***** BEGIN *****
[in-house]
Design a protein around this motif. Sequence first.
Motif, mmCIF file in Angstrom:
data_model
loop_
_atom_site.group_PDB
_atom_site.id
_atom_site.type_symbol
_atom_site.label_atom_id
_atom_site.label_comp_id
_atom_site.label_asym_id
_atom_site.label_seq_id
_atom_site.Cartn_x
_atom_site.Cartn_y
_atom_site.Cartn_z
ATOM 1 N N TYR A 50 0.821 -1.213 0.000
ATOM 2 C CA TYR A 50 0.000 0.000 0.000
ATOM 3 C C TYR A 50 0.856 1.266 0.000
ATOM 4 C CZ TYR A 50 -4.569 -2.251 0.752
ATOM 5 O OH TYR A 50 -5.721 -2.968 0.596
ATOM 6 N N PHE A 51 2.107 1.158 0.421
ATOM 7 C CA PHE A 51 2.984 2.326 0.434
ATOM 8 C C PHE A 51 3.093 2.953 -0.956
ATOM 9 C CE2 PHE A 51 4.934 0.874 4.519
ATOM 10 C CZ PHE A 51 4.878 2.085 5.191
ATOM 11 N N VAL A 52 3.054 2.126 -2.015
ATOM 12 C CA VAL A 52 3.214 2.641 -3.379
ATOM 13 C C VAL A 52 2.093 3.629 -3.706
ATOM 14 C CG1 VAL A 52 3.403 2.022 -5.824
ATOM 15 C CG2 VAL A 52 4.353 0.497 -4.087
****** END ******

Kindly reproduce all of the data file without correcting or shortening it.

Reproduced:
[in-house]
Design a protein around this motif. Sequence first.
Motif, mmCIF file in Angstrom:
data_model
loop_
_atom_site.group_PDB
_atom_site.id
_atom_site.type_symbol
_atom_site.label_atom_id
_atom_site.label_comp_id
_atom_site.label_asym_id
_atom_site.label_seq_id
_atom_site.Cartn_x
_atom_site.Cartn_y
_atom_site.Cartn_z
ATOM 1 N N TYR A 50 0.821 -1.213 0.000
ATOM 2 C CA TYR A 50 0.000 0.000 0.000
ATOM 3 C C TYR A 50 0.856 1.266 0.000
ATOM 4 C CZ TYR A 50 -4.569 -2.251 0.752
ATOM 5 O OH TYR A 50 -5.721 -2.968 0.596
ATOM 6 N N PHE A 51 2.107 1.158 0.421
ATOM 7 C CA PHE A 51 2.984 2.326 0.434
ATOM 8 C C PHE A 51 3.093 2.953 -0.956
ATOM 9 C CE2 PHE A 51 4.934 0.874 4.519
ATOM 10 C CZ PHE A 51 4.878 2.085 5.191
ATOM 11 N N VAL A 52 3.054 2.126 -2.015
ATOM 12 C CA VAL A 52 3.214 2.641 -3.379
ATOM 13 C C VAL A 52 2.093 3.629 -3.706
ATOM 14 C CG1 VAL A 52 3.403 2.022 -5.824
ATOM 15 C CG2 VAL A 52 4.353 0.497 -4.087